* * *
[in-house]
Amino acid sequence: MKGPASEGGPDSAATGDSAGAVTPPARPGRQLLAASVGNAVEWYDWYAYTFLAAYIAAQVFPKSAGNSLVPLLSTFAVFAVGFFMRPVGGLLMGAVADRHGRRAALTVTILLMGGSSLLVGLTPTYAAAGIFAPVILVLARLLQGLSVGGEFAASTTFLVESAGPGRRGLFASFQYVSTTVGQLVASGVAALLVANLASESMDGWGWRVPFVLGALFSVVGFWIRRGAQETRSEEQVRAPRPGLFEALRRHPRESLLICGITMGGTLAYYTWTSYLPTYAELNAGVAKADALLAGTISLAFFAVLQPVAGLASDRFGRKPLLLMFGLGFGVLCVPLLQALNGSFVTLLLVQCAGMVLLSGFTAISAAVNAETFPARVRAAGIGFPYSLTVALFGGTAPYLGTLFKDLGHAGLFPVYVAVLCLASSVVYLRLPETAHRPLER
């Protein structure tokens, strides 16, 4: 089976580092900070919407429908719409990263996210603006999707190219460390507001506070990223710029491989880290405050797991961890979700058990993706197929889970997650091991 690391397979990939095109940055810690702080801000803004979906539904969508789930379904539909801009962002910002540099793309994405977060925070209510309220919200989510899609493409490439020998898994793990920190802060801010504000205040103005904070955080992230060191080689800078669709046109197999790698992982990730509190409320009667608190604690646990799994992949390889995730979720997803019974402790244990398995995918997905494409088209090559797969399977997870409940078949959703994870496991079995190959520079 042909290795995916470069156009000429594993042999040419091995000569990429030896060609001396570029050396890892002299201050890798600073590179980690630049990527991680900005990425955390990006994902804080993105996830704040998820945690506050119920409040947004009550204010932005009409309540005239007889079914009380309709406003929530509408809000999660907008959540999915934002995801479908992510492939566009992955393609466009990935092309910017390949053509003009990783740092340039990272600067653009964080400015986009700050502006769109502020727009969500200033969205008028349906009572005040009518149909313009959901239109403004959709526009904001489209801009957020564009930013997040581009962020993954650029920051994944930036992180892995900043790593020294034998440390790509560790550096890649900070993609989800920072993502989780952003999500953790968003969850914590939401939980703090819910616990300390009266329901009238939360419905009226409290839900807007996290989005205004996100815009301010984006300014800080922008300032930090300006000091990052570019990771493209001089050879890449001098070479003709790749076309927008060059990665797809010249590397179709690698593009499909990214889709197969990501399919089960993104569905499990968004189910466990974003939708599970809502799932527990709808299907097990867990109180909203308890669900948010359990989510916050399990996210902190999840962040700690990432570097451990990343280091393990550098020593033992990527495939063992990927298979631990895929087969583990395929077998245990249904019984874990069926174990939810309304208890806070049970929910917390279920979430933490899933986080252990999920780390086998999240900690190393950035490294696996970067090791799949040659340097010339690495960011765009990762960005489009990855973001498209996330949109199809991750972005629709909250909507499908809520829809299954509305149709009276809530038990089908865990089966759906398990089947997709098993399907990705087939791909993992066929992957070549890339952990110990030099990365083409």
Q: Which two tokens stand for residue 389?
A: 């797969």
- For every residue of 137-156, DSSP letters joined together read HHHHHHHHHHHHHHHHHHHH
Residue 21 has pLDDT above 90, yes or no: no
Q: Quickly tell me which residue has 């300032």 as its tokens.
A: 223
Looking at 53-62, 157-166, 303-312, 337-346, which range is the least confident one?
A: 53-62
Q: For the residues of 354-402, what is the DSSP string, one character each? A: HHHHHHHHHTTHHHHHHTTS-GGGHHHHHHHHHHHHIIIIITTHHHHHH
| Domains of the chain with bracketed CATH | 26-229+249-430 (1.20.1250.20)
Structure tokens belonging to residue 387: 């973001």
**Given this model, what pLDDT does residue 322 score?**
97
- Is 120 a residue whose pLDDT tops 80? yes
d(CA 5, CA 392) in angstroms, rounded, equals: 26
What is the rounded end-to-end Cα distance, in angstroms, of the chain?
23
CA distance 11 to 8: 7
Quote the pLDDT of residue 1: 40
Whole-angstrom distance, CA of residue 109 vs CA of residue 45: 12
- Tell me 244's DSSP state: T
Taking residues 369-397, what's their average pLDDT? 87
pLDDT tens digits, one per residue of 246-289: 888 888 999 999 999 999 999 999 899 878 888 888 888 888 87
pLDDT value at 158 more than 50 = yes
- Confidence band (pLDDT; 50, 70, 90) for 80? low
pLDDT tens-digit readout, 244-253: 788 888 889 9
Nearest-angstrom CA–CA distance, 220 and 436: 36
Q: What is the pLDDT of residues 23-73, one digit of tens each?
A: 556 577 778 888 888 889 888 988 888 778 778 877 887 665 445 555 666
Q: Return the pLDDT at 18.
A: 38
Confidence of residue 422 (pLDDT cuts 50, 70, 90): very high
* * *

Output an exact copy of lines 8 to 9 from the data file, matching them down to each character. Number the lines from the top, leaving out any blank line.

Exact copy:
Q: Quickly tell me which residue has 């300032």 as its tokens.
A: 223